Support and Resistance (Range Trading) Strategy
A support level or zone is a price area where sellers who have driven prices downwards start to exit their positions, leaving more buyers to cause the downward slide of prices to stall. The Price of the asset will therefore find it difficult to go below that level.
For a support to be valid, it must be tested several times and be able to withstand downward pressure several times. Even if a one hour chart or a daily chart shows support being tested once, a look at the lower time frame charts such as the 1 minute, 5 minute or 15 minute charts will show if the price level has been tested several times or not. A valid support level is one that has been tested several times without being breached.
A breach of the support turns that level into a resistance level.
A resistance level or zone is a price area where buyers whose activity has driven prices upwards start to close their positions, causing a stall in the price advance of the asset. The price of the asset will therefore find it difficult to advance above that level.
For a resistance to be valid, it must be tested severally without being breached, and even if a medium or long term chart shows resistance being tested once or twice, the shorter time frame charts will reveal that the price level may have indeed been tested several times. The more times a resistance level is tested without being breached, the more valid it is. The chart below shows a resistance and support level.
Support Becoming Resistance
Trading Support and Resistance
Contract the charts using the zoom tool, so that you have a wide range of prices to examine. Then using medium and long term charts such as the 4hour chart and daily chart, you can identify areas of support and resistance, and then use these areas to trade as follows:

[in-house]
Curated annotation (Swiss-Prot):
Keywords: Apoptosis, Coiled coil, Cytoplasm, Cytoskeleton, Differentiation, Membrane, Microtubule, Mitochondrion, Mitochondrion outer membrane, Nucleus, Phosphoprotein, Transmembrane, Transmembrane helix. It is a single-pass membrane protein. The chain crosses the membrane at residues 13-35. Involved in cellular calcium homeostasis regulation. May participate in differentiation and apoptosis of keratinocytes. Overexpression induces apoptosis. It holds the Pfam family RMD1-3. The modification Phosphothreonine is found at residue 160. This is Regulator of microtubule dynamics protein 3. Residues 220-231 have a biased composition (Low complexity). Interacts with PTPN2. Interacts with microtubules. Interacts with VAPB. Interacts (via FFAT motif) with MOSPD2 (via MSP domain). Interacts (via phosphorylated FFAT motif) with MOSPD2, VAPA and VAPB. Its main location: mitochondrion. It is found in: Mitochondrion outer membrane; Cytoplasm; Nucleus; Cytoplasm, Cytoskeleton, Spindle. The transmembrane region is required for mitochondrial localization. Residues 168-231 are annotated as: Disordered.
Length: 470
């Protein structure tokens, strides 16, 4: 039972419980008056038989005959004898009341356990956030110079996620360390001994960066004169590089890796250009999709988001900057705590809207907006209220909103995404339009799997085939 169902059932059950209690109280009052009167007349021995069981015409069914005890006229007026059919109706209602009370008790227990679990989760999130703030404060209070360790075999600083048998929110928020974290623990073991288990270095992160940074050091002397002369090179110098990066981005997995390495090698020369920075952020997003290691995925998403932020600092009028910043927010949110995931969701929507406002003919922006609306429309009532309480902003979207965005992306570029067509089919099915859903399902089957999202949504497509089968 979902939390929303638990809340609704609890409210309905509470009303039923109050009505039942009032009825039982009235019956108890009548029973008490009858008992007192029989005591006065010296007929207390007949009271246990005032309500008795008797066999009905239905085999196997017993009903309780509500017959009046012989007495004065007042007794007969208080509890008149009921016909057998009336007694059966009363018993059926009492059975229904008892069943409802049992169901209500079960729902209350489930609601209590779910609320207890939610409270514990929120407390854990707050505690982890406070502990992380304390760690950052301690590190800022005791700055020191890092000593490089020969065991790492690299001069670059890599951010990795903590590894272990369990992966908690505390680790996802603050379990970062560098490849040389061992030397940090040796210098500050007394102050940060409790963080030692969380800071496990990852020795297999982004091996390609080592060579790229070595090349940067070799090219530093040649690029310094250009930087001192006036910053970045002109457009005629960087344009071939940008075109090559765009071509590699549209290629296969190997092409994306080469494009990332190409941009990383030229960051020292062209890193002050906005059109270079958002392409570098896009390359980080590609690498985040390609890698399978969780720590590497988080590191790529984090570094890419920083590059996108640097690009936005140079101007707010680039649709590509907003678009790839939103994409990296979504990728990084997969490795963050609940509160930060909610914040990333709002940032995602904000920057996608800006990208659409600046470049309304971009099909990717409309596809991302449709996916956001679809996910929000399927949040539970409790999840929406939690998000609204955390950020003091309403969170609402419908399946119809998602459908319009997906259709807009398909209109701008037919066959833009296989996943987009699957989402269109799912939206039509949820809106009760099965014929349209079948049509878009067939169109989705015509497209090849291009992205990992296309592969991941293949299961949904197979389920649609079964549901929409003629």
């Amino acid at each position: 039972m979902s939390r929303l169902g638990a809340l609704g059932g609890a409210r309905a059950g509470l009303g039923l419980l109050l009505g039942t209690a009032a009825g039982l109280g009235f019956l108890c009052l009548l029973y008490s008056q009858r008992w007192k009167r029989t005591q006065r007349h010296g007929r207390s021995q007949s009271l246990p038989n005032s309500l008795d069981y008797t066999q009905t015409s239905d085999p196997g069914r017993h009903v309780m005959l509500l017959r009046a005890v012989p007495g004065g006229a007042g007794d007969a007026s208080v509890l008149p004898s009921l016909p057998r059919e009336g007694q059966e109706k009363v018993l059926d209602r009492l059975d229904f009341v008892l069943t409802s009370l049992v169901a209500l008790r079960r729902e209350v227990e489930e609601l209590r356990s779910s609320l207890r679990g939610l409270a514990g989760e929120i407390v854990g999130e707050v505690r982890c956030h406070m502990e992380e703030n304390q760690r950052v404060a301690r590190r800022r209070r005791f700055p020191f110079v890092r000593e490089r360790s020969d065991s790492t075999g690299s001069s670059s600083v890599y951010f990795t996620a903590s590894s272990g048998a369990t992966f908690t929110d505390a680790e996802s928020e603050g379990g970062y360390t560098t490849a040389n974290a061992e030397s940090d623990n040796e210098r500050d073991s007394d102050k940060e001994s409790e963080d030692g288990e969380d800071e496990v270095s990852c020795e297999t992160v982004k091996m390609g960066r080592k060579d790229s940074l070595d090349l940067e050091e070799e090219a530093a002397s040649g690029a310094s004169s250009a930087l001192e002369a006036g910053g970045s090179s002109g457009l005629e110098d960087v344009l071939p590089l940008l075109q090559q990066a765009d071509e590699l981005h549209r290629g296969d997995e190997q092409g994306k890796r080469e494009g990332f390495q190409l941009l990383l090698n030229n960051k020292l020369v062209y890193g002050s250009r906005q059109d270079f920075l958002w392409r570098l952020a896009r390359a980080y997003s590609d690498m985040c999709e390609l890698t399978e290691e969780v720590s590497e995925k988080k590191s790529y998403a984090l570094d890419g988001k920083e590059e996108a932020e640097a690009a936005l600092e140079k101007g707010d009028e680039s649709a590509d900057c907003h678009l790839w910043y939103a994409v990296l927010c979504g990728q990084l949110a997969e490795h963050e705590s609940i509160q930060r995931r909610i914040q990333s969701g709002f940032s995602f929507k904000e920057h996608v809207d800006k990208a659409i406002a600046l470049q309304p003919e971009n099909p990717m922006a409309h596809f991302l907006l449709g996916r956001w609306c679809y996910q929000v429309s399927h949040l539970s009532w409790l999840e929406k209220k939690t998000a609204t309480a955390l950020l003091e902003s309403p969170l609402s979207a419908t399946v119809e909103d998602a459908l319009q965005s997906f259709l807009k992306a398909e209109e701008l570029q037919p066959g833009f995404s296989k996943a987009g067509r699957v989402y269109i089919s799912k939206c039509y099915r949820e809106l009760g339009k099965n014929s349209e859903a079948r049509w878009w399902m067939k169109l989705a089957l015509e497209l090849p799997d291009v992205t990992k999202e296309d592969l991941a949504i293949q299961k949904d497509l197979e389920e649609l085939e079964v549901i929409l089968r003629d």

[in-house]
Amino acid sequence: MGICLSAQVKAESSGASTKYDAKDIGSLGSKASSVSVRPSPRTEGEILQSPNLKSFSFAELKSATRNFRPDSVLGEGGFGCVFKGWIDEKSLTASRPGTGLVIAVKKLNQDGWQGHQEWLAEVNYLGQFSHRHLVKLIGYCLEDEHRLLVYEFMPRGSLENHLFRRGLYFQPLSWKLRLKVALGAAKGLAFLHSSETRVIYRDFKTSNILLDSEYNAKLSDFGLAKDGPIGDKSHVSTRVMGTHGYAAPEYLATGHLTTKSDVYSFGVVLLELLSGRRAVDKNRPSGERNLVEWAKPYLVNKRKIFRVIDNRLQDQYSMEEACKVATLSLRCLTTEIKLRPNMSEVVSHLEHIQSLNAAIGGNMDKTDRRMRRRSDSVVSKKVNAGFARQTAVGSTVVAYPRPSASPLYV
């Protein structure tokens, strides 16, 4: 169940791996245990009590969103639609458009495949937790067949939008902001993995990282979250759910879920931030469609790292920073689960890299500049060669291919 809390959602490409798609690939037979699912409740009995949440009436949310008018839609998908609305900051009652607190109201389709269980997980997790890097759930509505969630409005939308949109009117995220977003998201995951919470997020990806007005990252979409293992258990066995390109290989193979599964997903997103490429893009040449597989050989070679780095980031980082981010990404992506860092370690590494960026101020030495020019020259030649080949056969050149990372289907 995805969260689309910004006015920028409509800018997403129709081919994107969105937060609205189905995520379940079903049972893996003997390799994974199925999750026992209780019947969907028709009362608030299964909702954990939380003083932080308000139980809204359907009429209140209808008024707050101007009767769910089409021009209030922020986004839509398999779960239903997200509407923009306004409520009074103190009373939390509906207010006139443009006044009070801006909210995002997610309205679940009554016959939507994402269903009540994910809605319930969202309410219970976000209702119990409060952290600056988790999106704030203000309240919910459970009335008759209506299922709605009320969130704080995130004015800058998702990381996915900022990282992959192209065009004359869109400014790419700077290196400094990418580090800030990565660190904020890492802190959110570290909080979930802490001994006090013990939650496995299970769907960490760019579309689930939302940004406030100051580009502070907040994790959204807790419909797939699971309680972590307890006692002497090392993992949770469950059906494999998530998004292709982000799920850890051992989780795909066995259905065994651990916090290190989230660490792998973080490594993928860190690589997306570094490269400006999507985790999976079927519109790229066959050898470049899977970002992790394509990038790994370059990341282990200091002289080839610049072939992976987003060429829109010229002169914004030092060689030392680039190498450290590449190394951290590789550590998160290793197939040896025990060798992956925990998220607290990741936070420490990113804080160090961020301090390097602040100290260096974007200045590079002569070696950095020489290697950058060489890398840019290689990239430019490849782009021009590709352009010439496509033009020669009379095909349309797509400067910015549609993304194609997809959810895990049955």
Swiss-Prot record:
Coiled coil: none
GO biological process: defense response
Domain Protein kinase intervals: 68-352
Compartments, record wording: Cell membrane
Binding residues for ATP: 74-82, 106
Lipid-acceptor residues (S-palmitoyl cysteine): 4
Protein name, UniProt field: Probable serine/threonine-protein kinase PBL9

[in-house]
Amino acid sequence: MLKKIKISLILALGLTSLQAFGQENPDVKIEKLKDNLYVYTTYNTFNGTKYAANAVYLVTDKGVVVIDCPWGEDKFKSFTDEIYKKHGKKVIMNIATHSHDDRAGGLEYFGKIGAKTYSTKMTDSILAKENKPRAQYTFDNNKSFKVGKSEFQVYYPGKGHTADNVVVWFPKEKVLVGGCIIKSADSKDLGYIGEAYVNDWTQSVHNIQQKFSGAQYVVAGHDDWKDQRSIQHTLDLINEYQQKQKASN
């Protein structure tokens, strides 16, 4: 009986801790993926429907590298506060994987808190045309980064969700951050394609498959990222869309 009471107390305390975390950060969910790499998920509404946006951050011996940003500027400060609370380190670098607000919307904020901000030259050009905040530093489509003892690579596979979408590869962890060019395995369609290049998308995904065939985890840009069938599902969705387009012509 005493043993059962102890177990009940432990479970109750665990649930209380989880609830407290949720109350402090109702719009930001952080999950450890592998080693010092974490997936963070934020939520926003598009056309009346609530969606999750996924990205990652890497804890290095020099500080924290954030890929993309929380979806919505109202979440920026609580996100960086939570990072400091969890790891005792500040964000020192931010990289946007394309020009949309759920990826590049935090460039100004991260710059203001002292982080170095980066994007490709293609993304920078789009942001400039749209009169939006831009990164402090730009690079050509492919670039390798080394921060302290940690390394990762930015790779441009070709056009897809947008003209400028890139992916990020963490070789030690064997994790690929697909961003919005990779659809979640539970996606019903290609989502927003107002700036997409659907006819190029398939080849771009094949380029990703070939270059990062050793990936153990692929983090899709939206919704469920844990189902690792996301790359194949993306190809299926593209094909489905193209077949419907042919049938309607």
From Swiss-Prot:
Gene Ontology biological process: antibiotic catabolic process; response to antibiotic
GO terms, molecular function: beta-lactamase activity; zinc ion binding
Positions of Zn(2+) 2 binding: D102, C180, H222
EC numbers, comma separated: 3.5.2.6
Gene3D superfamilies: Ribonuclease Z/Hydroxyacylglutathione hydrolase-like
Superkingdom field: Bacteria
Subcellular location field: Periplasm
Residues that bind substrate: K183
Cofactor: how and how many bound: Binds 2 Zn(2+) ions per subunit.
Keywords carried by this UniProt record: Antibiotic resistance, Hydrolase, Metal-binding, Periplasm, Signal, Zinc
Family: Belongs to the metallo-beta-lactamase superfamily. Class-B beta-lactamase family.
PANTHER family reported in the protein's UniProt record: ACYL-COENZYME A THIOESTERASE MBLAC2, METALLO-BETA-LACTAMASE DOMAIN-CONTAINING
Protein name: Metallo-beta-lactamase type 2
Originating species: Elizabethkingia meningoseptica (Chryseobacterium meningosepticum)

- The first trade is to enter long at support and exit at resistance as the first profit target. If the move is strong enough to breach the resistance (i.e. bullish candle closes above it), then you can place a Buy Limit order at the resistance-turned support so that the retreating prices that will stall at that level will serve as a trigger for a renewed upward move. The 2nd profit target should then be the next resistance.
- In the same vein, you can go short at resistance and exit at the nearest support as first profit target. If the move is strong enough to breach the support with a bearish candle closing below the support level, place a Sell Limit so that a retracement advance will hit the support now turned resistance, and trigger your trade for the further move to the downside. The second profit target is now the next support.
Please note that the prices may test the levels several times before eventually breaking them. So always wait for confirmation of a break of support or resistance before taking the second trade in each case.
This chart illustrates a short order using our trade description. The area marked support would be the first target from the obvious downtrend which the trader would have gone short earlier on. The support was not broken, so the trader should have exited the trade at this point. Prices retreated upwards before testing the support again, this time breaching it (notice the red candle closing below the support). There were then several attempts by the price to go back to where they came from, but the support now turned resistance resisted these moves, and prices moved downwards (took a while though). Later attempts by the price retracement to breach the new resistance twice did not work.
This is how to trade using the support and resistance strategy.